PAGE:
Ali Budner / 91.5 KRCC

Across the country students walked out of school Wednesday morning, including in Montana, Idaho, Wyoming, and Utah. In Colorado Springs, several hundred people surrounded Palmer High School for 17 minutes to honor the victims of the Parkland, Florida shooting.

In his first formal policy response to the deadly school shooting in Parkland, Fla., last month, President Trump is setting up a federal commission to explore school safety. He's also endorsing legislation to improve background checks, and urging states to pass laws temporarily keeping guns out of the hands of people judged to be dangerous to themselves or others.

A policy proposal unveiled Sunday evening has Trump renewing his support for arming teachers and other school employees on a volunteer basis. He stopped short of endorsing a higher age limit for would-be gun buyers.

Ali Budner / 91.5 KRCC, Mountain West News Bureau

The national conversation we’re having on guns is particularly painful in Colorado, where Columbine and Aurora are still active wounds. And like the rest of the country, this Mountain West state is deeply divided over what measures to take.

On the NPR Ed Team, I am what you might call the grizzled veteran. I've seen education trends come and go and come again. And go again.

You get the idea.

In years past, around December, my teammates would often pause by my desk and ask: "What do you think we'll be covering next year?"

I've always found this a fun thought exercise, and, at some point, my editor suggested I jot down my answers and share them beyond our cubicles. And so, here are a few predictions for 2018.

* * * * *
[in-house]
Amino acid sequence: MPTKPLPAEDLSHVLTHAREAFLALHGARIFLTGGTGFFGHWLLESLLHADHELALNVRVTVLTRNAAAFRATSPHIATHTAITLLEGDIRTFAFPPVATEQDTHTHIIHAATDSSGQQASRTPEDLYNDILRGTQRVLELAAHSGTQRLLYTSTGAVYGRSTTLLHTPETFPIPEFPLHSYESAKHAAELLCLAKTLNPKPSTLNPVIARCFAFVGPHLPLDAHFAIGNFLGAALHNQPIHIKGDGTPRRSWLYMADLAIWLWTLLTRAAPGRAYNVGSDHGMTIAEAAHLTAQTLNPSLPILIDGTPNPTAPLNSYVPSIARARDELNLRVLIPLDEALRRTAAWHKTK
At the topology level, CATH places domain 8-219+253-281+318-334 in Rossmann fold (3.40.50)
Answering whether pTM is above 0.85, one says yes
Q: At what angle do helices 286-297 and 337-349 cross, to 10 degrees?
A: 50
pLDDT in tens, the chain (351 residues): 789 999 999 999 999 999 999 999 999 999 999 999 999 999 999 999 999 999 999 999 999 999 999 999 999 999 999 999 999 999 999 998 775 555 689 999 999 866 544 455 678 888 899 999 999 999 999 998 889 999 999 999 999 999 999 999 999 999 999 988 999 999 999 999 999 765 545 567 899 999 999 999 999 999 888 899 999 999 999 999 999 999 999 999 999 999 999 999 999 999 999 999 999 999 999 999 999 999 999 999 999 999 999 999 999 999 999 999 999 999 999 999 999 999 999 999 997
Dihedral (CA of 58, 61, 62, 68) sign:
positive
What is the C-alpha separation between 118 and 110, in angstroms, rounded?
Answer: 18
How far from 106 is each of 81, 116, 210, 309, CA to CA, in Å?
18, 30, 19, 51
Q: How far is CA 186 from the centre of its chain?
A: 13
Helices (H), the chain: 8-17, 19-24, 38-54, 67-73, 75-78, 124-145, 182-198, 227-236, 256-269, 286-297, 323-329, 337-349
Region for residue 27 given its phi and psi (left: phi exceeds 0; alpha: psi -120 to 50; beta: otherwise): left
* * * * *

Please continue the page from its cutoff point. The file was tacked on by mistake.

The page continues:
Four years ago state lawmakers – and the governor – created a law to help undocumented children follow their American dreams. They allowed them to pay the significantly cheaper in-state tuition to go to state colleges instead of higher out-of-state prices. The requirements: They must graduate from a Colorado high school that they’ve attended for three years and promise to pursue citizenship.

“This is an issue that has been a challenge in our state and our country for many years,” said Speaker of the House Crisanta Duran, one of the main sponsors of Senate Bill 33.

The state of Colorado collected $180 million in taxes from legal marijuana sales in the 2016 fiscal year.

But could the well run dry?

As of July 1, 2017, Nevada is the eighth state to sell recreational marijuana -- and it won’t be the last. California, the sixth largest economy in the world, will start selling pot Jan. 1, 2018.

Jeffrey M. Foster / Courtesy UCCS

It's been slightly more than a month since Dr. Venkat Reddy officially took over the top spot at the University of Colorado-Colorado Springs, but he's no stranger to the school.  He's spent 25 years there, starting as a finance faculty member, serving as Dean of the Business School, and shepherding online education for the University.  

Karen Montgomery / - Creative Commons

Colorado is now the first state in the country to allow all Olympic athletes training in here to get in-state college tuition. Right now, it only applies to athletes living at the Olympic Training Center in Colorado Springs.

More Gun Training in Schools Advances

Jan 26, 2017

A measure that would encourage schools to offer  additional training for security guards, and pave the way for more teachers to have guns in schools cleared its first committee on Jan. 24.

Botvin LifeSkills

There's a new drug-use prevention program aimed at middle schoolers in Pueblo. The new program comes from Botvin LifeSkills, a national organization that focuses on substance abuse prevention. The program will be implemented throughout Pueblo County's School District 70 middle schools this fall.

Holly Pretsky / 91.5 KRCC